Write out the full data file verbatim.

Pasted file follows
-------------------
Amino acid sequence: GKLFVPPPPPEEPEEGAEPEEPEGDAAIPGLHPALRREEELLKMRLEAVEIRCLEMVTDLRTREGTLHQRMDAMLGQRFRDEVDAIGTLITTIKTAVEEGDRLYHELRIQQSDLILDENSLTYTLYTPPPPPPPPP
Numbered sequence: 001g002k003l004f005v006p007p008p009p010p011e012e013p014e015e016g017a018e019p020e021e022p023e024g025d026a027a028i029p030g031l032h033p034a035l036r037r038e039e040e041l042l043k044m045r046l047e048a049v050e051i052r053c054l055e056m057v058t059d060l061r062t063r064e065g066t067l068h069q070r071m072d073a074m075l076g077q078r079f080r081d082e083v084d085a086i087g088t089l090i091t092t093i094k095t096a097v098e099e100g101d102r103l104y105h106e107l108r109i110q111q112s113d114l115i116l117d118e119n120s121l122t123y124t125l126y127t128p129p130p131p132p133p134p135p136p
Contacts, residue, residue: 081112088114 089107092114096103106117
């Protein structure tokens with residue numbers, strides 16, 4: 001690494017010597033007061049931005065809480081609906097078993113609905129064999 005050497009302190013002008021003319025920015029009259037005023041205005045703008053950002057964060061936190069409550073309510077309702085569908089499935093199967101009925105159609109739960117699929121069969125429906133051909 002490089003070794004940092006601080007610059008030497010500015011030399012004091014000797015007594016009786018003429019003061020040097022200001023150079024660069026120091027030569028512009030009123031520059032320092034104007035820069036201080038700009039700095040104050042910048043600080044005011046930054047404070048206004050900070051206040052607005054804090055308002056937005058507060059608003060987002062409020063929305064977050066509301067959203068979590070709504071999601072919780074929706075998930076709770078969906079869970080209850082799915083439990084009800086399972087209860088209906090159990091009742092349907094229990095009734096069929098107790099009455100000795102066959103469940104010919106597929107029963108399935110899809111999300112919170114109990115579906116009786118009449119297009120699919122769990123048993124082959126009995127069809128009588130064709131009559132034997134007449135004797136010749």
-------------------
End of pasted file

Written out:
Amino acid sequence: GKLFVPPPPPEEPEEGAEPEEPEGDAAIPGLHPALRREEELLKMRLEAVEIRCLEMVTDLRTREGTLHQRMDAMLGQRFRDEVDAIGTLITTIKTAVEEGDRLYHELRIQQSDLILDENSLTYTLYTPPPPPPPPP
Numbered sequence: 001g002k003l004f005v006p007p008p009p010p011e012e013p014e015e016g017a018e019p020e021e022p023e024g025d026a027a028i029p030g031l032h033p034a035l036r037r038e039e040e041l042l043k044m045r046l047e048a049v050e051i052r053c054l055e056m057v058t059d060l061r062t063r064e065g066t067l068h069q070r071m072d073a074m075l076g077q078r079f080r081d082e083v084d085a086i087g088t089l090i091t092t093i094k095t096a097v098e099e100g101d102r103l104y105h106e107l108r109i110q111q112s113d114l115i116l117d118e119n120s121l122t123y124t125l126y127t128p129p130p131p132p133p134p135p136p
Contacts, residue, residue: 081112088114 089107092114096103106117
């Protein structure tokens with residue numbers, strides 16, 4: 001690494017010597033007061049931005065809480081609906097078993113609905129064999 005050497009302190013002008021003319025920015029009259037005023041205005045703008053950002057964060061936190069409550073309510077309702085569908089499935093199967101009925105159609109739960117699929121069969125429906133051909 002490089003070794004940092006601080007610059008030497010500015011030399012004091014000797015007594016009786018003429019003061020040097022200001023150079024660069026120091027030569028512009030009123031520059032320092034104007035820069036201080038700009039700095040104050042910048043600080044005011046930054047404070048206004050900070051206040052607005054804090055308002056937005058507060059608003060987002062409020063929305064977050066509301067959203068979590070709504071999601072919780074929706075998930076709770078969906079869970080209850082799915083439990084009800086399972087209860088209906090159990091009742092349907094229990095009734096069929098107790099009455100000795102066959103469940104010919106597929107029963108399935110899809111999300112919170114109990115579906116009786118009449119297009120699919122769990123048993124082959126009995127069809128009588130064709131009559132034997134007449135004797136010749």